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Dinwiddie v. Beshear

United States District Court, W.D. Kentucky, Owensboro Division

June 18, 2018

JAMES F. DINWIDDIE, JR. EXECUTOR AND BENEFICIARY UNDER THE LAST WILL AND TESTAMENT AND CODICILS OF JAMES F. DINWIDDIE, SR. PLAINTIFF
v.
ANDREW BESHEAR, in his official capacity as Attorney General of the Commonwealth of Kentucky; And HONORABLE GRAYSON COUNTY DISTRICT COURT JUDGE SHAN EMBRY, in her official capacity DEFENDANTS

          MEMORANDUM OPINION AND ORDER

          JOSEPH H. MCKINLEY, JR., CHIEF JUDGE

         This matter is before the Court on motions by Defendant, Andrew Beshear, in his official capacity as Attorney General of the Commonwealth of Kentucky, to dismiss Plaintiff's complaint and amended complaint pursuant to Fed.R.Civ.P. 12 [DN 10, DN 13]. Fully briefed, this matter is ripe for decision.

         I. BACKGROUND

         Plaintiff, James F. Dinwiddie, Jr., pro se, brings this civil rights action pursuant to 42 U.S.C. § 1983 against Defendants in their official capacity alleging violations of his and the other beneficiaries' right to privacy, due process, and equal protection under the Fourth, Ninth, and Fourteenth Amendments to the United States Constitution. Plaintiff's complaint stems from Kentucky state court proceedings regarding the Last Will and Testament and Codicils of James F. Dinwiddie, Sr. (hereinafter “Dinwiddie, Sr.). The Last Will and Testament and Codicils of Dinwiddie, Sr., were admitted to probate on February 16, 2012 in the Grayson District Court. Plaintiff, as executor of Dinwiddie Sr.'s estate, filed an informal periodic settlement pursuant to KRS § 395.605. Defendant, Judge Shan Embry, declined to approve the informal periodic settlement and ordered the Plaintiff to file a formal settlement. On February 17, 2014, Plaintiff filed a second informal periodic settlement in the Grayson District Court. Once again, the district court rejected the informal settlement and instructed the parties to file a formal settlement.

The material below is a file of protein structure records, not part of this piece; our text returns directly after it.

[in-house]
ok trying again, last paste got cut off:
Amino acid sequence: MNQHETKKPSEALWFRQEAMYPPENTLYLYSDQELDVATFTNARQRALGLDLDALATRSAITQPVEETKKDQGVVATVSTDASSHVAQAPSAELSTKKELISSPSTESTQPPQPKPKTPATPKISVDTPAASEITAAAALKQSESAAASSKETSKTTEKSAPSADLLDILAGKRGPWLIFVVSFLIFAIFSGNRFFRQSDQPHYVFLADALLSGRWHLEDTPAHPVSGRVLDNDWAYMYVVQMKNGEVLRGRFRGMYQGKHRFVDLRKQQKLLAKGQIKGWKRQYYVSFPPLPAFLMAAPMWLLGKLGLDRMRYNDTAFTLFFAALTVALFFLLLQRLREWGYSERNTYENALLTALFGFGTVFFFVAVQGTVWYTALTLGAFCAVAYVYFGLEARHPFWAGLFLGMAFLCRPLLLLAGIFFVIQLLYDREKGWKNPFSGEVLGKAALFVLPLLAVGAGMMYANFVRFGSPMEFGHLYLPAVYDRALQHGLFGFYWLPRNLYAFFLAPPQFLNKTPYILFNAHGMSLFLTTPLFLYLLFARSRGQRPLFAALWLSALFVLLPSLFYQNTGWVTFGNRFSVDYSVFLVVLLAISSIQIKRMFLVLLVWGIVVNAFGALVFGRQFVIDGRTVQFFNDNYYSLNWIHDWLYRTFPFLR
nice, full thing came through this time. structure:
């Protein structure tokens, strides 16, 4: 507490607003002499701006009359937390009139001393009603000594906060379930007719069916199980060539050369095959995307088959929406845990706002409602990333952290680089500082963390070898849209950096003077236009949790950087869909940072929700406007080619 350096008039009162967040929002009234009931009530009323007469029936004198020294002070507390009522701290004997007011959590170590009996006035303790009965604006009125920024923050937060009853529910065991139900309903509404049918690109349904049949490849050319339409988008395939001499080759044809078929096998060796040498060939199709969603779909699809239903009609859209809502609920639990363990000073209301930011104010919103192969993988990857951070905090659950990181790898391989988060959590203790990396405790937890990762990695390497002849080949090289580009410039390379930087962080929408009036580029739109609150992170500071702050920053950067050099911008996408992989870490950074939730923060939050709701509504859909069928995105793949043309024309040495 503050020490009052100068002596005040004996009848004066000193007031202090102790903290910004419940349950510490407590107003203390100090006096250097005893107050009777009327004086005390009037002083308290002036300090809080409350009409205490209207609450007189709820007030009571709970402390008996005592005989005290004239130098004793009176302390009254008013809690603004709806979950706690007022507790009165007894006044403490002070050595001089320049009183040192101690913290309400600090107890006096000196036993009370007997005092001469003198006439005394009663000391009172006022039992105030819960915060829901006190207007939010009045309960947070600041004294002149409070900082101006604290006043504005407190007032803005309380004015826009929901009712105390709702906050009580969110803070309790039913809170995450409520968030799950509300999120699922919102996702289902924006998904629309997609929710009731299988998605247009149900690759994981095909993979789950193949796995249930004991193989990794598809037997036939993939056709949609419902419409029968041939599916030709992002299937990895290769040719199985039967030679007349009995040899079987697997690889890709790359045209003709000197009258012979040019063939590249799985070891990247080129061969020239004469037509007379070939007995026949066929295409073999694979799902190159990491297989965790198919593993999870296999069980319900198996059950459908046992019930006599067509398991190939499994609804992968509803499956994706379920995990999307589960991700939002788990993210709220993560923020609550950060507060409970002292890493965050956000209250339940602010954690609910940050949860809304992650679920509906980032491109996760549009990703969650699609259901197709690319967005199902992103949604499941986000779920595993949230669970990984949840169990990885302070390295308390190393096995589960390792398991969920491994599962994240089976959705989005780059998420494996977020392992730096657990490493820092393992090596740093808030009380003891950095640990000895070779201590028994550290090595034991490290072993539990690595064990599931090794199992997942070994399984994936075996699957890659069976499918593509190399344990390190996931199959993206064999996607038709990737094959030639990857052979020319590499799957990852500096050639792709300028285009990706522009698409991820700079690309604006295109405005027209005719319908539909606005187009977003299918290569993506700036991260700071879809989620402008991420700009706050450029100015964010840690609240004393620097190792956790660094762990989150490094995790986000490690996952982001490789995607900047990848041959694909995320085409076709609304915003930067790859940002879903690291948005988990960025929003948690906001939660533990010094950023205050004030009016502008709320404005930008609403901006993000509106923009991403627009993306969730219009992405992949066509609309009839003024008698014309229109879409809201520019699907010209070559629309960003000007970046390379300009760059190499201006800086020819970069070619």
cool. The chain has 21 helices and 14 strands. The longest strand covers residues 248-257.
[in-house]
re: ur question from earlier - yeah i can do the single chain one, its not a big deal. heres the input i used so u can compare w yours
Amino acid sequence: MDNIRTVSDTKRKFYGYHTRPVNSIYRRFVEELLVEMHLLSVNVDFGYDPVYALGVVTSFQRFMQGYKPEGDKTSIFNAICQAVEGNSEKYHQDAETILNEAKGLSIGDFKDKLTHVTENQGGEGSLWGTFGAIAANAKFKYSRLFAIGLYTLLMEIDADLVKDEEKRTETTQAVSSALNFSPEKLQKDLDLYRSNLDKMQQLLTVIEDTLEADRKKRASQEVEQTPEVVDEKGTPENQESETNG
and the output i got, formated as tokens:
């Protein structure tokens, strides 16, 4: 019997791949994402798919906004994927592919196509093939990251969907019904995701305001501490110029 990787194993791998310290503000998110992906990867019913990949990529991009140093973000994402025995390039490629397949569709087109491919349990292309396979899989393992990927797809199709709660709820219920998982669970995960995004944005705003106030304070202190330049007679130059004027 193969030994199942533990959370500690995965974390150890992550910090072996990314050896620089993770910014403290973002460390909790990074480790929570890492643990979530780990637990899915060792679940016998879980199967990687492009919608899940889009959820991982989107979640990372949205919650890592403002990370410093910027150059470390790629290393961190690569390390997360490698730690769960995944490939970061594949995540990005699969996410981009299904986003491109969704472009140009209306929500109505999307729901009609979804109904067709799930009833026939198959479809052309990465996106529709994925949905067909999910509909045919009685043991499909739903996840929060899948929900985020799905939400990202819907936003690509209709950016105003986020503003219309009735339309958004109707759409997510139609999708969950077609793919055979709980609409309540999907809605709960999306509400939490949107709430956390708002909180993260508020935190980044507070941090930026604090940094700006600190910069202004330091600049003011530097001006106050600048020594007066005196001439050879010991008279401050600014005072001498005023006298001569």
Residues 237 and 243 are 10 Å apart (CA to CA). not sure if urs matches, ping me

On March 19, 2014, Plaintiff filed an action for settlement of the estate in the Grayson Circuit Court which was dismissed for lack of subject matter jurisdiction. Plaintiff then appealed the dismissal which was affirmed by the Kentucky Court of Appeals, and on February 7, 2018, discretionary review was denied by the Kentucky Supreme Court. Dinwiddie v. Arcadu, 2017 WL 1102993 (Ky. Ct. App. March 24, 2017).

         On February 23, 2018, Plaintiff filed this pro se complaint “in his capacity as executor and beneficiary under the Last Will and Testament and Codicils of James F. Dinwiddie, Sr.” against Defendant, Attorney General Andrew Beshear, seeking a declaration that the beneficiaries of the estate of Dinwiddie, Sr., have a right to file an informal periodic settlement of the estate and that the Grayson District Court has the obligation and duty to sign it. (Complaint, DN 1.) On April 27, 2018, Plaintiff filed a motion for leave to file an amended complaint adding Defendant, Grayson County District Judge Shan Embry. The Magistrate Judge granted the motion.